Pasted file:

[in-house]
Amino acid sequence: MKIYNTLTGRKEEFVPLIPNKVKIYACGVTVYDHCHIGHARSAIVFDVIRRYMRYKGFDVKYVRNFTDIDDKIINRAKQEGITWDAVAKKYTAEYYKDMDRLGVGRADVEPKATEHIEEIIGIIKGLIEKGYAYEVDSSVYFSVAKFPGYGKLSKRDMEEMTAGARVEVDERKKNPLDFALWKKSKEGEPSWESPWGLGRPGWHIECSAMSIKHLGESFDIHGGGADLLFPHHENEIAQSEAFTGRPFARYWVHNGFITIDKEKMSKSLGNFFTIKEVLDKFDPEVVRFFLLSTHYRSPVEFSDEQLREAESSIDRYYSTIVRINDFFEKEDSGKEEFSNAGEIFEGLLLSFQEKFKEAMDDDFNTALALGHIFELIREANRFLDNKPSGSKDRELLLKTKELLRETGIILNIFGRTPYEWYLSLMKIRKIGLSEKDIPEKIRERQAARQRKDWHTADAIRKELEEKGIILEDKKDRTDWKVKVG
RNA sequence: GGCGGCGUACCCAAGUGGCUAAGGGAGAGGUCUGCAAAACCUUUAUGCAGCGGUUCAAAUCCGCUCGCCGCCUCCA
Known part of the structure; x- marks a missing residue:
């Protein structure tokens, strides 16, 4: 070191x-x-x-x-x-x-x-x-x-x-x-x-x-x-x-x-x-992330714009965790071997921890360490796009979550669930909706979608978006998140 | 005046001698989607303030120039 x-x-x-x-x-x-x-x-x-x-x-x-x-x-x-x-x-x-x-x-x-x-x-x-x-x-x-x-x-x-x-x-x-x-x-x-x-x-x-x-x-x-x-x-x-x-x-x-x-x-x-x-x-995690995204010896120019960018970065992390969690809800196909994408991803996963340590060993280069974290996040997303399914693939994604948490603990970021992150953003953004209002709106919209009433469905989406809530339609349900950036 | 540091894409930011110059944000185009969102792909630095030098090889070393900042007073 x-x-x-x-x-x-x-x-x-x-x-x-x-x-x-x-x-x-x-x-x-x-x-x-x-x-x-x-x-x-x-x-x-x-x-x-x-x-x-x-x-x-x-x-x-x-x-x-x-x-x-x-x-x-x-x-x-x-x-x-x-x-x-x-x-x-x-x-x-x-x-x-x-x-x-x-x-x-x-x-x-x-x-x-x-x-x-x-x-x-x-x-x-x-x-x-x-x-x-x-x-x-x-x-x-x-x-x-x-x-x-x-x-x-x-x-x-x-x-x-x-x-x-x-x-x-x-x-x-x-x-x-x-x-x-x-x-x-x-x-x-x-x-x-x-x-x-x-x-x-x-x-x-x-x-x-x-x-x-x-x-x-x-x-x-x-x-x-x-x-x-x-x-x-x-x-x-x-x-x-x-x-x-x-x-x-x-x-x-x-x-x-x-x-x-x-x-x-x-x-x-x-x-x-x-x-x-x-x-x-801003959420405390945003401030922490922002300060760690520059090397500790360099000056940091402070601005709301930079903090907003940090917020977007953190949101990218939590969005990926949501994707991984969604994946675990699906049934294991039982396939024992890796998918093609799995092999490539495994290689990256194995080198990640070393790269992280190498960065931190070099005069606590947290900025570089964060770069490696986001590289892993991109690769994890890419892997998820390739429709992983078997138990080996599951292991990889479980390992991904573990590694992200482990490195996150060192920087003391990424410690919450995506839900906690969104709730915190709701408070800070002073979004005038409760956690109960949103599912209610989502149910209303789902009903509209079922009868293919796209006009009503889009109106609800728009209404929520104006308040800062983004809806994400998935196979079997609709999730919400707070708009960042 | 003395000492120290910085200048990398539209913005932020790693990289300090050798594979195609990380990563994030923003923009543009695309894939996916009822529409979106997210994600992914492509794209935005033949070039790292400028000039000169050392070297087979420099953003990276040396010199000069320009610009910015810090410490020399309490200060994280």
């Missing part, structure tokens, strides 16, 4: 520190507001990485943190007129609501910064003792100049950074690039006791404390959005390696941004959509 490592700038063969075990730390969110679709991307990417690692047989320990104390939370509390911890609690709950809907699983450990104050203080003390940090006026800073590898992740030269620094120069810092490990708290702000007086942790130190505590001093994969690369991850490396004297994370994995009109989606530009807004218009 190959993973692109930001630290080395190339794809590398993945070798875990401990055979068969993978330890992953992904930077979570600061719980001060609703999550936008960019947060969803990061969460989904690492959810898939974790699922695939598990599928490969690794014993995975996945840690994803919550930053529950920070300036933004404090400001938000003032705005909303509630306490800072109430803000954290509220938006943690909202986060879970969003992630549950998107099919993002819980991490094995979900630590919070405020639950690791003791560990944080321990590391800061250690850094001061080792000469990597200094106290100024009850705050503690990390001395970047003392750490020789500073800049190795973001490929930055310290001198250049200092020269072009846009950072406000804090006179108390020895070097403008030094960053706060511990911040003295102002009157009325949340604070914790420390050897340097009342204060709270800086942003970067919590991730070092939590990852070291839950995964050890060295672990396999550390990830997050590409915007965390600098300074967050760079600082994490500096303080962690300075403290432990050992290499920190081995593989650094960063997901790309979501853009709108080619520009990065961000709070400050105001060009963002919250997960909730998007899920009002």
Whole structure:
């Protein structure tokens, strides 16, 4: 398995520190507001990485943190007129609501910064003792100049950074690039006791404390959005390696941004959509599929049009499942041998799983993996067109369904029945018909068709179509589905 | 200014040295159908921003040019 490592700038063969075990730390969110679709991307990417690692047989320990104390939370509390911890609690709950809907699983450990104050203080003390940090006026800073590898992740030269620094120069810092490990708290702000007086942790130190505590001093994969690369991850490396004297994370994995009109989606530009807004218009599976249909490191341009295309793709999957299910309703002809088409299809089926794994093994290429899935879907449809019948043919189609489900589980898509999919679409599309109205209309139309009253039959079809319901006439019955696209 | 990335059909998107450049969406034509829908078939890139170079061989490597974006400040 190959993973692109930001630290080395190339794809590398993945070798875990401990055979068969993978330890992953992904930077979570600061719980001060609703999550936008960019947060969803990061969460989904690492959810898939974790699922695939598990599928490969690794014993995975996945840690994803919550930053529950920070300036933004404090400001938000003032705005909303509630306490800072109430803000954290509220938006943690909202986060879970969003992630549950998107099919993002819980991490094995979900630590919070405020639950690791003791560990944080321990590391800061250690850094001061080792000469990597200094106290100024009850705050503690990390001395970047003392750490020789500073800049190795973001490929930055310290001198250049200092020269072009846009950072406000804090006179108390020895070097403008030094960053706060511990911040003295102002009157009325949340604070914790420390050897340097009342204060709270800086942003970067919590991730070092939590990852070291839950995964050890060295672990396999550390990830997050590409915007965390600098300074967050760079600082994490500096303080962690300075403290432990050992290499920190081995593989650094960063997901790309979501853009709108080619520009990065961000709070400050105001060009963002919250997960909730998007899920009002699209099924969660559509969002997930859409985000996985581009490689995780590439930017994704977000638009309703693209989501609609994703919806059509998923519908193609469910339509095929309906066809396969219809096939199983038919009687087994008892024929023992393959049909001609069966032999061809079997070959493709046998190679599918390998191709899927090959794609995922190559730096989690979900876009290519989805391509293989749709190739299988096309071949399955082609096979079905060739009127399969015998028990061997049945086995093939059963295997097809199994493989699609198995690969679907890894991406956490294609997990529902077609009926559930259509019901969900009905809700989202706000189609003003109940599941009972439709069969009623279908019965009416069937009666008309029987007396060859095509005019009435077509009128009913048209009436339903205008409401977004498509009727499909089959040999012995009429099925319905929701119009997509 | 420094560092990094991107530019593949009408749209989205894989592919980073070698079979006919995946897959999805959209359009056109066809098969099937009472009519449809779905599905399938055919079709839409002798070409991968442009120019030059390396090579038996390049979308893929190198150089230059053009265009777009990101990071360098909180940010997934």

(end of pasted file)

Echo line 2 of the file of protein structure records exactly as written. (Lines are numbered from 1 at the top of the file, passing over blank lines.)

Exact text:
Amino acid sequence: MKIYNTLTGRKEEFVPLIPNKVKIYACGVTVYDHCHIGHARSAIVFDVIRRYMRYKGFDVKYVRNFTDIDDKIINRAKQEGITWDAVAKKYTAEYYKDMDRLGVGRADVEPKATEHIEEIIGIIKGLIEKGYAYEVDSSVYFSVAKFPGYGKLSKRDMEEMTAGARVEVDERKKNPLDFALWKKSKEGEPSWESPWGLGRPGWHIECSAMSIKHLGESFDIHGGGADLLFPHHENEIAQSEAFTGRPFARYWVHNGFITIDKEKMSKSLGNFFTIKEVLDKFDPEVVRFFLLSTHYRSPVEFSDEQLREAESSIDRYYSTIVRINDFFEKEDSGKEEFSNAGEIFEGLLLSFQEKFKEAMDDDFNTALALGHIFELIREANRFLDNKPSGSKDRELLLKTKELLRETGIILNIFGRTPYEWYLSLMKIRKIGLSEKDIPEKIRERQAARQRKDWHTADAIRKELEEKGIILEDKKDRTDWKVKVG